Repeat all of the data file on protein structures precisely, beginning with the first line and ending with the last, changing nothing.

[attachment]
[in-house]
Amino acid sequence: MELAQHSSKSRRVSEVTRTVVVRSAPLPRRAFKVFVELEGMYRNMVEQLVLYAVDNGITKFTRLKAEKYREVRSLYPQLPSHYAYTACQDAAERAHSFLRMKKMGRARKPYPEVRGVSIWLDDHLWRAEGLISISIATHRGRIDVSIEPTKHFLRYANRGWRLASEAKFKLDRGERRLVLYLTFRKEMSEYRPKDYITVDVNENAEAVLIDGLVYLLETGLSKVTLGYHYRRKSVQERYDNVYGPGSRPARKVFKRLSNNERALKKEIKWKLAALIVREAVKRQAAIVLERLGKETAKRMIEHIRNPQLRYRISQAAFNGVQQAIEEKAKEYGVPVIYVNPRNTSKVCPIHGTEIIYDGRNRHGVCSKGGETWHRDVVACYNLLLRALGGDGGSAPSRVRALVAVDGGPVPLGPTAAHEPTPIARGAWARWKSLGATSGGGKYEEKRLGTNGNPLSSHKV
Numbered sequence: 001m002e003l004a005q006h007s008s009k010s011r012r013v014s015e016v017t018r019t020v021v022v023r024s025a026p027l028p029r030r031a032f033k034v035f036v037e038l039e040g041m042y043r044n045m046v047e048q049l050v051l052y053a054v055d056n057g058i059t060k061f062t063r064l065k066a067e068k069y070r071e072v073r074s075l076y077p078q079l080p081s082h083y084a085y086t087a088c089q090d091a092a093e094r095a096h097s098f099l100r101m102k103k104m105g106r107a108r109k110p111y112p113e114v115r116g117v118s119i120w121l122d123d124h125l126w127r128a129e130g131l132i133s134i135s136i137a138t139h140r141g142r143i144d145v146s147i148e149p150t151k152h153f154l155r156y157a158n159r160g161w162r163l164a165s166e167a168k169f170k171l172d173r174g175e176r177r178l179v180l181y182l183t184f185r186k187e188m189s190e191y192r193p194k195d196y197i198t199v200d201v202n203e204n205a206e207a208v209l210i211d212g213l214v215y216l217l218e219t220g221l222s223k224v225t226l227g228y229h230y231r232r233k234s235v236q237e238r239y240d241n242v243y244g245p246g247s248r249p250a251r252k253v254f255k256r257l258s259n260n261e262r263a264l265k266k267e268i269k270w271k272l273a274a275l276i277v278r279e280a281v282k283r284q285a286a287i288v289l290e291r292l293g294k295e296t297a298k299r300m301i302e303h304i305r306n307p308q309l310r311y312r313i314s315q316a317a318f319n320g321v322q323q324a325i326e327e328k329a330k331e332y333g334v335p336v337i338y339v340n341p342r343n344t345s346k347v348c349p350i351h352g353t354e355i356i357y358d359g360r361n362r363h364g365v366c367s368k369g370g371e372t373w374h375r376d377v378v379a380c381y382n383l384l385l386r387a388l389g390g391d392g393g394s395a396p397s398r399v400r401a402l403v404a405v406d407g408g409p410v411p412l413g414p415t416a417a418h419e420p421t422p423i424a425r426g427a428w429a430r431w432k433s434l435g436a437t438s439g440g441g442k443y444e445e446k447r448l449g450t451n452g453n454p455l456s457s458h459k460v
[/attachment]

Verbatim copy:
[in-house]
Amino acid sequence: MELAQHSSKSRRVSEVTRTVVVRSAPLPRRAFKVFVELEGMYRNMVEQLVLYAVDNGITKFTRLKAEKYREVRSLYPQLPSHYAYTACQDAAERAHSFLRMKKMGRARKPYPEVRGVSIWLDDHLWRAEGLISISIATHRGRIDVSIEPTKHFLRYANRGWRLASEAKFKLDRGERRLVLYLTFRKEMSEYRPKDYITVDVNENAEAVLIDGLVYLLETGLSKVTLGYHYRRKSVQERYDNVYGPGSRPARKVFKRLSNNERALKKEIKWKLAALIVREAVKRQAAIVLERLGKETAKRMIEHIRNPQLRYRISQAAFNGVQQAIEEKAKEYGVPVIYVNPRNTSKVCPIHGTEIIYDGRNRHGVCSKGGETWHRDVVACYNLLLRALGGDGGSAPSRVRALVAVDGGPVPLGPTAAHEPTPIARGAWARWKSLGATSGGGKYEEKRLGTNGNPLSSHKV
Numbered sequence: 001m002e003l004a005q006h007s008s009k010s011r012r013v014s015e016v017t018r019t020v021v022v023r024s025a026p027l028p029r030r031a032f033k034v035f036v037e038l039e040g041m042y043r044n045m046v047e048q049l050v051l052y053a054v055d056n057g058i059t060k061f062t063r064l065k066a067e068k069y070r071e072v073r074s075l076y077p078q079l080p081s082h083y084a085y086t087a088c089q090d091a092a093e094r095a096h097s098f099l100r101m102k103k104m105g106r107a108r109k110p111y112p113e114v115r116g117v118s119i120w121l122d123d124h125l126w127r128a129e130g131l132i133s134i135s136i137a138t139h140r141g142r143i144d145v146s147i148e149p150t151k152h153f154l155r156y157a158n159r160g161w162r163l164a165s166e167a168k169f170k171l172d173r174g175e176r177r178l179v180l181y182l183t184f185r186k187e188m189s190e191y192r193p194k195d196y197i198t199v200d201v202n203e204n205a206e207a208v209l210i211d212g213l214v215y216l217l218e219t220g221l222s223k224v225t226l227g228y229h230y231r232r233k234s235v236q237e238r239y240d241n242v243y244g245p246g247s248r249p250a251r252k253v254f255k256r257l258s259n260n261e262r263a264l265k266k267e268i269k270w271k272l273a274a275l276i277v278r279e280a281v282k283r284q285a286a287i288v289l290e291r292l293g294k295e296t297a298k299r300m301i302e303h304i305r306n307p308q309l310r311y312r313i314s315q316a317a318f319n320g321v322q323q324a325i326e327e328k329a330k331e332y333g334v335p336v337i338y339v340n341p342r343n344t345s346k347v348c349p350i351h352g353t354e355i356i357y358d359g360r361n362r363h364g365v366c367s368k369g370g371e372t373w374h375r376d377v378v379a380c381y382n383l384l385l386r387a388l389g390g391d392g393g394s395a396p397s398r399v400r401a402l403v404a405v406d407g408g409p410v411p412l413g414p415t416a417a418h419e420p421t422p423i424a425r426g427a428w429a430r431w432k433s434l435g436a437t438s439g440g441g442k443y444e445e446k447r448l449g450t451n452g453n454p455l456s457s458h459k460v